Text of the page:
Chinonye Chukwu, a Nigerian-American filmmaker, clinched the Grand Jury Prize at the 2019 Sundance film festival; the first black woman to do so


Her entry, ‘Clemency’, which she wrote and directed, portrayed the story of a warden at a maximum security prison struggling with the emotional demands of her job.

Chukwu joins other prominent filmmakers such as Desiree Akhavan, Ryan Coogler, Debra Granik, and Damien Chazelle as winners of the Grand Jury Prize for their US dramatic entries.

Sundance Festival, which is the largest independent film festival in the US, is an annual event that holds in Salt Lake City, Utah, US.


In her acceptance speech, Chukwu thanked her producers, who had wanted a female director to tell the story.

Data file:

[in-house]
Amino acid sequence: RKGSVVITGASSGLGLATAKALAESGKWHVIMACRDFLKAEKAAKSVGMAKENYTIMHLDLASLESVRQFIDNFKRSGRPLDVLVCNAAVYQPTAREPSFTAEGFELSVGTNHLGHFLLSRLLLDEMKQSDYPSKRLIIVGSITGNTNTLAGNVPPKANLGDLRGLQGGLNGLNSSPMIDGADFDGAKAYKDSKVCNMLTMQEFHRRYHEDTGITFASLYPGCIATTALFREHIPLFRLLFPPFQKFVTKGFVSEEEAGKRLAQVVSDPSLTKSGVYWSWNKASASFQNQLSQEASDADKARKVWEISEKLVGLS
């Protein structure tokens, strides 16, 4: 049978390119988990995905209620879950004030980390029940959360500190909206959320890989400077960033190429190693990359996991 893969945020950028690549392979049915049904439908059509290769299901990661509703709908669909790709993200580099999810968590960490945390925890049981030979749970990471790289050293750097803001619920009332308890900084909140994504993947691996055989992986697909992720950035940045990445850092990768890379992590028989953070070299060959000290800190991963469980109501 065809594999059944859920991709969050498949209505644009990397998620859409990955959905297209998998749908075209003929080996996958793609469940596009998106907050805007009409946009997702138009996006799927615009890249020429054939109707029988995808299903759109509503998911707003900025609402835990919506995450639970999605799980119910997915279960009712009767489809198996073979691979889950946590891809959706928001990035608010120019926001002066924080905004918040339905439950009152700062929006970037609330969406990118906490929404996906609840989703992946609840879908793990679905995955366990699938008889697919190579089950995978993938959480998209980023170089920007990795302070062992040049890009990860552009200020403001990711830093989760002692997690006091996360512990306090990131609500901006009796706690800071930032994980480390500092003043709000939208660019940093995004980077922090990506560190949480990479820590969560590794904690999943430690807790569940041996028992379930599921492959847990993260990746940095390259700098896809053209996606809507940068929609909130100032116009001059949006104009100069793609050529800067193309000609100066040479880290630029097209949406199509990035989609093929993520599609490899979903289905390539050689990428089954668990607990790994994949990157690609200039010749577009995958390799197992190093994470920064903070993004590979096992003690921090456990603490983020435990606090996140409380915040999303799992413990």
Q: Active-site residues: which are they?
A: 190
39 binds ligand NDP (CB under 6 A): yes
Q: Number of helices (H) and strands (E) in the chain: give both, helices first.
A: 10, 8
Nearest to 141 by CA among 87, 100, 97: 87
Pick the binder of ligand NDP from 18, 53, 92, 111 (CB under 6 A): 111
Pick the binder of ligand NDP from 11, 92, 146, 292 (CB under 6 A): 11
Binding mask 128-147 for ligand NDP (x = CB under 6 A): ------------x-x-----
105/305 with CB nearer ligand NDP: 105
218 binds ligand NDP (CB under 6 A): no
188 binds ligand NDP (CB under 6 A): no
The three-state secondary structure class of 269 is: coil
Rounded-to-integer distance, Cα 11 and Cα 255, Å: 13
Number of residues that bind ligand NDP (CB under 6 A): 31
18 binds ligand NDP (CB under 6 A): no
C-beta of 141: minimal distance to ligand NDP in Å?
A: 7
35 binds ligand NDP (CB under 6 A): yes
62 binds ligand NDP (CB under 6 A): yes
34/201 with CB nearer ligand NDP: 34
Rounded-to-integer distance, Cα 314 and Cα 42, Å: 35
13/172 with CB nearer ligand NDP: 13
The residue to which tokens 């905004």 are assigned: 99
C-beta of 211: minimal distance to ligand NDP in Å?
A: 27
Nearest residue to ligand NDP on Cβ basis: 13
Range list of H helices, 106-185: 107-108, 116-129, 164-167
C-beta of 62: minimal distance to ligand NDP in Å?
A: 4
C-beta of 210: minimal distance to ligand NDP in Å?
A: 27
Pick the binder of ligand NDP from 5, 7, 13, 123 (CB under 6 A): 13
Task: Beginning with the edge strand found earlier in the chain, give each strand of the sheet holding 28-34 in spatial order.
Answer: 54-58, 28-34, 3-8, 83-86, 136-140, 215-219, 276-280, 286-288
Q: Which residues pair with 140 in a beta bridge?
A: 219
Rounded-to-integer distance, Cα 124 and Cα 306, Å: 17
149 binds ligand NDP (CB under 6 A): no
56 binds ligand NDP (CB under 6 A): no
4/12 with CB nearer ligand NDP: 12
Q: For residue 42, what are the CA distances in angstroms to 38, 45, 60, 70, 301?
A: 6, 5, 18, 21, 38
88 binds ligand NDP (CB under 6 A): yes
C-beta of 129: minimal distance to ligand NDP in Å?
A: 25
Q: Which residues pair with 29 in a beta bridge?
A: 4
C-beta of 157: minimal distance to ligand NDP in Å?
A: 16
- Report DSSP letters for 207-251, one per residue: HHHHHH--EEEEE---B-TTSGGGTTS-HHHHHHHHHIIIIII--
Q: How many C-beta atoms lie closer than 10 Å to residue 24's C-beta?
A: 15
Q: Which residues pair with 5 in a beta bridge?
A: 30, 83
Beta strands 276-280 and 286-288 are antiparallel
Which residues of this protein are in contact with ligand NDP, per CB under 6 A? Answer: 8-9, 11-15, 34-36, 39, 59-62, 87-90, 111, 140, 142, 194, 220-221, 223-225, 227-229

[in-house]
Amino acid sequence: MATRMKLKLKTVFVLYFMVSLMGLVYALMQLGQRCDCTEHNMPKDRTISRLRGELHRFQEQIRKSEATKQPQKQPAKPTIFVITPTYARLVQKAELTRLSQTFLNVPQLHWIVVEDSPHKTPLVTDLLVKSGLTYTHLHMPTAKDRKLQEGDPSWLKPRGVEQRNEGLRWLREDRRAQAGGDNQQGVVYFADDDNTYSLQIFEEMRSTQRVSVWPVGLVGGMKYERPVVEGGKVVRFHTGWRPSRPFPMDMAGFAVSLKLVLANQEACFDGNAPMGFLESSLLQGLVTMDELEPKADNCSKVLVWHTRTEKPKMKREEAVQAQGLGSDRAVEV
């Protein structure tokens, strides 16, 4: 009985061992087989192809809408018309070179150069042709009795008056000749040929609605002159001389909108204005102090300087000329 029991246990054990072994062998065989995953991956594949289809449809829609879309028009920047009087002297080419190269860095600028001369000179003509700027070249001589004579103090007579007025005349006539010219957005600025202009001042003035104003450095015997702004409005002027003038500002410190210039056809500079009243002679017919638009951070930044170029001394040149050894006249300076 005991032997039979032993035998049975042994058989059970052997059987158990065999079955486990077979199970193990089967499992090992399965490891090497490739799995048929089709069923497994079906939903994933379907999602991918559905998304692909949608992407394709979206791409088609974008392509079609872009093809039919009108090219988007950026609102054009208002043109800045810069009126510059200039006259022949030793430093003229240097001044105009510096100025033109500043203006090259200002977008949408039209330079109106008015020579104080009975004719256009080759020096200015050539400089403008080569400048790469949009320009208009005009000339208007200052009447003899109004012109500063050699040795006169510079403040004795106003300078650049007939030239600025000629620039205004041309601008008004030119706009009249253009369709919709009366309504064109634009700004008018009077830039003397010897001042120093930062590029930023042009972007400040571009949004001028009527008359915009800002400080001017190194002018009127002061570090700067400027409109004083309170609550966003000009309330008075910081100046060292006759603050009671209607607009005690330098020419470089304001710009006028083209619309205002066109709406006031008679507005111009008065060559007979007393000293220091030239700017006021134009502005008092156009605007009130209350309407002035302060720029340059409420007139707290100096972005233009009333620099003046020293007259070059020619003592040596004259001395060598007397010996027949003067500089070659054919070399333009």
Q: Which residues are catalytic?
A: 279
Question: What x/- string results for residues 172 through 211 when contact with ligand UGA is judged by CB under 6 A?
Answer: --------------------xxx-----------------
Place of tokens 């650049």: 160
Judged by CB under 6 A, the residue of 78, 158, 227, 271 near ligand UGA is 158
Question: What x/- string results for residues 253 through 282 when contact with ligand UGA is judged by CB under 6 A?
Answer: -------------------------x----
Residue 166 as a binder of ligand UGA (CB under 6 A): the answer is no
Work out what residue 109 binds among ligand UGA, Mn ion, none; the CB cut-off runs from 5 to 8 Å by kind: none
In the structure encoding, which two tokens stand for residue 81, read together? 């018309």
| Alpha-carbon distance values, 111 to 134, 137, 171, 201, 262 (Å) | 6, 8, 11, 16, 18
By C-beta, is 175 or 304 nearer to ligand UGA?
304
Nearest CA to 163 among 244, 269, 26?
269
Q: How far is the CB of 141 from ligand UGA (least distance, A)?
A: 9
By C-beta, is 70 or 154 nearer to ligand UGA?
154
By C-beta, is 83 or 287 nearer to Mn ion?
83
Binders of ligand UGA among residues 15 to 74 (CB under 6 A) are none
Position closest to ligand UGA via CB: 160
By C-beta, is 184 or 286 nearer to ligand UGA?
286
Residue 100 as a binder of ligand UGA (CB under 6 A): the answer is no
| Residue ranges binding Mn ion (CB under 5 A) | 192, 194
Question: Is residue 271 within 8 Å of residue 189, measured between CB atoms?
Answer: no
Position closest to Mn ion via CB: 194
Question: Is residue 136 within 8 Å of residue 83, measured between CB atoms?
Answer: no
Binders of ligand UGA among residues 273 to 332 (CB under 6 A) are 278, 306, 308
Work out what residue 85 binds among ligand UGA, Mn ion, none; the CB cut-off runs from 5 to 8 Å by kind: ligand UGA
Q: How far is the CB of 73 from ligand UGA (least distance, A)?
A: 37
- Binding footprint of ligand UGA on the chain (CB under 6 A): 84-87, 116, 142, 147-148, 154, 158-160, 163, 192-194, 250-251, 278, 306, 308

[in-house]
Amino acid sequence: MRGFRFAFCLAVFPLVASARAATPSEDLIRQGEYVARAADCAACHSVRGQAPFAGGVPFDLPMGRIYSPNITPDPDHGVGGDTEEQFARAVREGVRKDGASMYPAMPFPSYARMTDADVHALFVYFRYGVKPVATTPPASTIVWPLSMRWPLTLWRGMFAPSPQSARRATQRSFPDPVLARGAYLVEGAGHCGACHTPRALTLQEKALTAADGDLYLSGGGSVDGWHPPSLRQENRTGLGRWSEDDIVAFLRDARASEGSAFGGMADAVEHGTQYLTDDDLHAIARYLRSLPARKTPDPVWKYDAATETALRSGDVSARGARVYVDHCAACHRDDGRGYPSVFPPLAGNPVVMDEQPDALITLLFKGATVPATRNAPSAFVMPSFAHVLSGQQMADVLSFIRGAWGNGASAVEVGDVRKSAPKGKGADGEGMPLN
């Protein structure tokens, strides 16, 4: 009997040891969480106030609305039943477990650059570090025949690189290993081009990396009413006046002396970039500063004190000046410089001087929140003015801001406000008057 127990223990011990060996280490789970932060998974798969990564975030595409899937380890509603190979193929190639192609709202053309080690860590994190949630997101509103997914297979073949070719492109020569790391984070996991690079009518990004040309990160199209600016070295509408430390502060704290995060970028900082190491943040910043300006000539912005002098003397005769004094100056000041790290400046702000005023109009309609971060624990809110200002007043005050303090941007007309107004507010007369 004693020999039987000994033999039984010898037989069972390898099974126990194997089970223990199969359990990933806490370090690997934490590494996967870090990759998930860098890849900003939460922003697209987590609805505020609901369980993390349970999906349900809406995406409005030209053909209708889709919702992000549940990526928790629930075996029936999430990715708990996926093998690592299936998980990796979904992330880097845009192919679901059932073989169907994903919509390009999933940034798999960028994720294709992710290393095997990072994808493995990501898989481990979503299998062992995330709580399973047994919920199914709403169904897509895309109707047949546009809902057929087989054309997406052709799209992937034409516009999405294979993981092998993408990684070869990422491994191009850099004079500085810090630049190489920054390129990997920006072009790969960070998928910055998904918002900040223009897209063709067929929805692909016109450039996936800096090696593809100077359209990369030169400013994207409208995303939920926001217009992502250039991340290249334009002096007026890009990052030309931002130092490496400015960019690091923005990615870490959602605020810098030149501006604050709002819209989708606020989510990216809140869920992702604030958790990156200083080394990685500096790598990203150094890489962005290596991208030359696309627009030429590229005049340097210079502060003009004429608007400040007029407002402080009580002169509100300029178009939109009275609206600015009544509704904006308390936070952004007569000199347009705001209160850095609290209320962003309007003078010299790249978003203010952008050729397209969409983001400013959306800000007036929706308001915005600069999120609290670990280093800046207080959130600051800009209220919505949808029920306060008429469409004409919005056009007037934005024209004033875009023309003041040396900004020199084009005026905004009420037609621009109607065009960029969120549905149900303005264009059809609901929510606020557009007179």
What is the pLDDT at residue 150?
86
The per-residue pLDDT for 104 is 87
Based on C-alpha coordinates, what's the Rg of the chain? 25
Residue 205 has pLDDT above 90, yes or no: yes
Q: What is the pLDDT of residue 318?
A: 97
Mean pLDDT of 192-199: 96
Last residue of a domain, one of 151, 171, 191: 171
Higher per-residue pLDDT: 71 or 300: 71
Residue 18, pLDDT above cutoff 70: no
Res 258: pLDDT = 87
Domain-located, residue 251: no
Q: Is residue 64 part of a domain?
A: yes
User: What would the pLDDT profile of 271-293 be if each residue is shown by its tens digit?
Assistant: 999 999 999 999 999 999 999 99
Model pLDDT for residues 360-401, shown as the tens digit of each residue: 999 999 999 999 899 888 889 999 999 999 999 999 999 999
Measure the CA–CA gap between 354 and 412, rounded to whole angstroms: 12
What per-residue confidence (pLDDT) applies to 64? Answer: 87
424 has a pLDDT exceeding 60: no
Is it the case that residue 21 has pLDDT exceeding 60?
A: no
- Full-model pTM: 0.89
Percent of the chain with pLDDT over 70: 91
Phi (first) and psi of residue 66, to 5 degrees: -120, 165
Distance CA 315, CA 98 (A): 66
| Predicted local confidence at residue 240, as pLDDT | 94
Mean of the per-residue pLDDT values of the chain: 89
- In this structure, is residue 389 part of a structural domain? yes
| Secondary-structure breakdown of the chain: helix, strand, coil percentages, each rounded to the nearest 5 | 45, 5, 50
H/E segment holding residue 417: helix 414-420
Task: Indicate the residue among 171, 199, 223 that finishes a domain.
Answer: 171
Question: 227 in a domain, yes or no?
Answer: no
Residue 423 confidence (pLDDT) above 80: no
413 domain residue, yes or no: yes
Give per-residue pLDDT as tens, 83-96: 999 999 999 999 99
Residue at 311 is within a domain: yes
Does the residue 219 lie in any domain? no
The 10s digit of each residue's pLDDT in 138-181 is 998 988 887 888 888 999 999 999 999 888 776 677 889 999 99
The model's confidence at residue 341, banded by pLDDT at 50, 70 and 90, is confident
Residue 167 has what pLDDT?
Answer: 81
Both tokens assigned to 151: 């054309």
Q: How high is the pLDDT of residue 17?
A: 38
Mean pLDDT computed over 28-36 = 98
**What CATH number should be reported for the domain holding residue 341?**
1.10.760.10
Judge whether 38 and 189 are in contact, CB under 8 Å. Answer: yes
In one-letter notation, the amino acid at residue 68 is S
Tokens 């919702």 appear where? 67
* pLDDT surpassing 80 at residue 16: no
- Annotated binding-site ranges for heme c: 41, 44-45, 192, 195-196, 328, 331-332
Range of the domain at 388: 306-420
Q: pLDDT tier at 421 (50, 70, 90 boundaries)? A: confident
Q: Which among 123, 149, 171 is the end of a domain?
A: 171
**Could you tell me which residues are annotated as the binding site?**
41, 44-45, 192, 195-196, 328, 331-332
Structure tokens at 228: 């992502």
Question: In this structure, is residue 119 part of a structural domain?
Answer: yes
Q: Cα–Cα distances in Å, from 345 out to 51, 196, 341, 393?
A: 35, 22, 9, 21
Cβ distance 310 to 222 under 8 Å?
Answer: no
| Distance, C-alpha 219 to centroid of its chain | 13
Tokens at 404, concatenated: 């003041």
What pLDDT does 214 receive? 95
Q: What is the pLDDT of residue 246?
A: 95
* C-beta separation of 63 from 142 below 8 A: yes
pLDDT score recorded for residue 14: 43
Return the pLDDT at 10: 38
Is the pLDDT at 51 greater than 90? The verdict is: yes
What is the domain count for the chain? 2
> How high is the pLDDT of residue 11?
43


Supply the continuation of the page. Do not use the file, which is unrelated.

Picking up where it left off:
According to her, the film was made “so we as a society can stop defining people by their worst possible acts, that we can end mass incarceration and dismantle the prison-industrial complex, and root our societies in true justice and mercy and freedom, which is all tied to our joy inside, which nobody can ever incarcerate and execute”.

In 2012, Ava DuVernay became the first black woman to win a directing award at the festival, for ‘Middle of Nowhere’.


Chukwu, a Rivers-born filmmaker, is also set to direct a movie adaptation of ‘A Taste of Power’, a memoir by Elaine Brown, former leader of the Black Panther Party.

Her other works include AlaskaLand, The Dance Lesson, and A Long Walk.

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